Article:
Category Archives: the Civil War during its sesquicentennial

20th Maine: the warrior and the bastard, part 1

His gray eyes peering through swirling gunsmoke, Pvt. George Washington Buck loaded and fired as fast as possible as Alabamians raged against the 20th Maine Infantry Regiment’s left flank on July 2, 1863. Numbering three officers, five sergeants, five corporals, and 33 privates, Buck’s Co. H reported to Capt. Joseph F. Land, a black-eyed merchant […]

Fort Knox slates mid-July Civil War encampment

Join Maine at War as we travel in time to the 1860s as Fort Knox State Park hosts a Civil War Living History Encampment from Friday, July 16 through Sunday, July 18. The three-day event will feature living history demonstrations of Civil War life, including camp life, cannon firing, garrison operations, and guard mount. Participating […]

Winfield Scott Hancock runs afoul a Maine sea captain, part 2

Editor’s note: You can read part 1 here. Soon after Robert E. Lee launched his artillery bombardment at Gettysburg on Friday, July 3, 1863, some 115 to 150 Confederate cannons fired steadily, “the air was filled with projectiles, there being scarcely an instant but that several were seen bursting at once,” said Maj. Gen, Winfield […]

Winfield Scott Hancock runs afoul a Maine sea captain, part 1

After sunrise on Friday, July 3, 1863, Lt. Col. Freeman McGilvery started bringing batteries “into line on the low ground on our left center,” along Cemetery Ridge’s southern slope. His guns faced west toward distant Seminary Ridge and the nearer Emmitsburg Road, along which Confederates “were massing artillery in force.” Hailing originally from Stockton Springs […]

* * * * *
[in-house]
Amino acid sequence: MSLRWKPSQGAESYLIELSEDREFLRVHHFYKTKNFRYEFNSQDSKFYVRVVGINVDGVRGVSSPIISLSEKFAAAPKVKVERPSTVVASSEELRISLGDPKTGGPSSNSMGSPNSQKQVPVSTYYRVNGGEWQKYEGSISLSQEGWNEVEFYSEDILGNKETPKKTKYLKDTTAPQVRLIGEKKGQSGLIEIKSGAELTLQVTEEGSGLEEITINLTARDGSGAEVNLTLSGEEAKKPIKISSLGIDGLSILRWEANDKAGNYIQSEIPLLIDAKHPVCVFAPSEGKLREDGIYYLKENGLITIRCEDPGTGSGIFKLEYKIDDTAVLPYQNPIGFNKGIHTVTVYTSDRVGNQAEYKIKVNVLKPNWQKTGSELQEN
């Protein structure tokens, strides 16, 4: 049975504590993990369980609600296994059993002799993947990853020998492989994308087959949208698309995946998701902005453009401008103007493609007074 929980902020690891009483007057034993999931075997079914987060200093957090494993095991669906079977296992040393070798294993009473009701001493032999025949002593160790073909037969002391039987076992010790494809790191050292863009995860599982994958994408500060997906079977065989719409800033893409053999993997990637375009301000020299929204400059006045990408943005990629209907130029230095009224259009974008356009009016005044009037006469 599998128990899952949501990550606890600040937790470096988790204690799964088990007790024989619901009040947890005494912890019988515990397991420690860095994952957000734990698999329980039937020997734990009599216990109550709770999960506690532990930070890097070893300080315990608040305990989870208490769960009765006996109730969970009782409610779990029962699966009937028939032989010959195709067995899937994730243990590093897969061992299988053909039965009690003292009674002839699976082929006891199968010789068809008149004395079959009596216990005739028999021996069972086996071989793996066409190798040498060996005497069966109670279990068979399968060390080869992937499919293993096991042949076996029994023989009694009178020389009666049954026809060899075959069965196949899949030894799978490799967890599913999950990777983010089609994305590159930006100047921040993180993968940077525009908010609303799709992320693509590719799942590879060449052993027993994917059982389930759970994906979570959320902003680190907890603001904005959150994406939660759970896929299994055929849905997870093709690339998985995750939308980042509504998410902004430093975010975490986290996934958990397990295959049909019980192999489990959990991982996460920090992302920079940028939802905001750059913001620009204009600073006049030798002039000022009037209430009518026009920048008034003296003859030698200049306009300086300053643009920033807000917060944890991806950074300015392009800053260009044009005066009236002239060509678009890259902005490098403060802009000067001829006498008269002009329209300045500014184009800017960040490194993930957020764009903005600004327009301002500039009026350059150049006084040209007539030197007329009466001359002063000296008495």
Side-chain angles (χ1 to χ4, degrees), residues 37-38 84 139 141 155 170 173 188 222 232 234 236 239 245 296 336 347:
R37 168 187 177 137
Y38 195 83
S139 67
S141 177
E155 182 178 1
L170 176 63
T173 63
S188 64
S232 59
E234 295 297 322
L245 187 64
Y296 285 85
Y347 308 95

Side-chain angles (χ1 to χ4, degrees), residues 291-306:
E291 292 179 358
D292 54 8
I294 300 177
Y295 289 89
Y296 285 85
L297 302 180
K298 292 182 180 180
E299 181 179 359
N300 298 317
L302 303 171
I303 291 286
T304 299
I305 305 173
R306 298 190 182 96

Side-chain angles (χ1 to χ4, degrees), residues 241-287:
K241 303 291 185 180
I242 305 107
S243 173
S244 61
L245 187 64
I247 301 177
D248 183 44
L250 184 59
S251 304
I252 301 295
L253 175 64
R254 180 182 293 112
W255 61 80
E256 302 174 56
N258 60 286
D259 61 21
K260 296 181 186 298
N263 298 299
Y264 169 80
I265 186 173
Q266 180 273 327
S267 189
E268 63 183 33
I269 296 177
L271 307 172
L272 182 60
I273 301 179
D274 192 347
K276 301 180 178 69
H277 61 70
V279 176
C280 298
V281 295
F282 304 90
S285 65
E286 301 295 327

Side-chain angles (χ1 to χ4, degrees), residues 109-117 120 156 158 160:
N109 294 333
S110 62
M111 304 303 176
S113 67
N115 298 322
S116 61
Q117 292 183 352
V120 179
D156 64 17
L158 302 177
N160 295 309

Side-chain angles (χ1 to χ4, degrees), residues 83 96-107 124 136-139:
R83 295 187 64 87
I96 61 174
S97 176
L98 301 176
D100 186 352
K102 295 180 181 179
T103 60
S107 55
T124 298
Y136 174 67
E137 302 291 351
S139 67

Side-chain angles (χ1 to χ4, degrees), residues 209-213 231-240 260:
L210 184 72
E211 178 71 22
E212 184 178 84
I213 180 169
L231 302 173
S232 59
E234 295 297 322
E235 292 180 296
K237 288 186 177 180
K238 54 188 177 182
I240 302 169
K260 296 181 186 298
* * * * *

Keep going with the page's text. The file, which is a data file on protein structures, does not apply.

A spot of tea dispels the post-Gettysburg dark

When the going got tough, Maine nurse Sarah Sampson brewed tea — and her worried traveling companions suddenly relaxed in the southern Pennsylvania darkness. Gettysburg “was a field of blood, on which the demon of Destruction revelled [sic],” observed Dr. Jonathan Letterman, medical director for the Army of the Potomac. Three days’ fighting had left […]

Maine’s largest cannonball is in … Hodgdon?

Civil War service in a Maine artillery battery so affected Royal Spaulding Adams that prior to or after his death, he left arrangements to adorn his monument with what could be Maine’s largest cannonball, real or replica. Royal was a Hodgdon lad, born there to Isaac Benjamin Adams and Margaret E. Hawksley Adams on February […]

Mainers go violent at the Devil’s Den, part 2

Editor’s note: You can read part 1 here. Realizing that Confederates had swarmed over the Devil’s Den and captured three 10-pounder Parrott rifles atop Houck’s Ridge, Col. Elijah Walker led his men uphill to retake the guns belonging to Capt. James E. Smith’s 4th New York Battery. The 4th Maine had spent the afternoon on […]

Mainers go violent at the Devil’s Den, part 1

As John Bell Hood’s division swept east from the Emmitsburg Road after 3 p.m., the 4th Maine Infantry Regiment occupied a position near the Devil’s Den, the rock-tumbled outcropping at the south end of Houck’s Ridge. Atop it spread four 10-pounder Parrotts belonging to the 4th New York Battery, commanded by Capt. James E. Smith. […]

Unofficial integration: Maine Indians and “white” regiments

The War Department required that no “white” regiments, whether regular Army or state-raised, enlist minorities. Blacks could join “black” regiments, and as for American Indians, maybe they could serve with an Indian unit in Indian Territory, a.k.a. “Oklahoma” from statehood onwards. Black was black, white was white, Indians were Indians, and never the trio should […]

Lakeman loses larking lieutenants

Moses B. Lakeman lost lieutenants on June 20, 1863. He had a pretty good idea what happened to them. Commanded respectively by colonels Lakeman and Elijah Walker, the 3rd and 4th Maine infantry regiments served in the 2nd Brigade led by Brig. Gen. John Henry Hobart Ward, a New York City native and Mexican War […]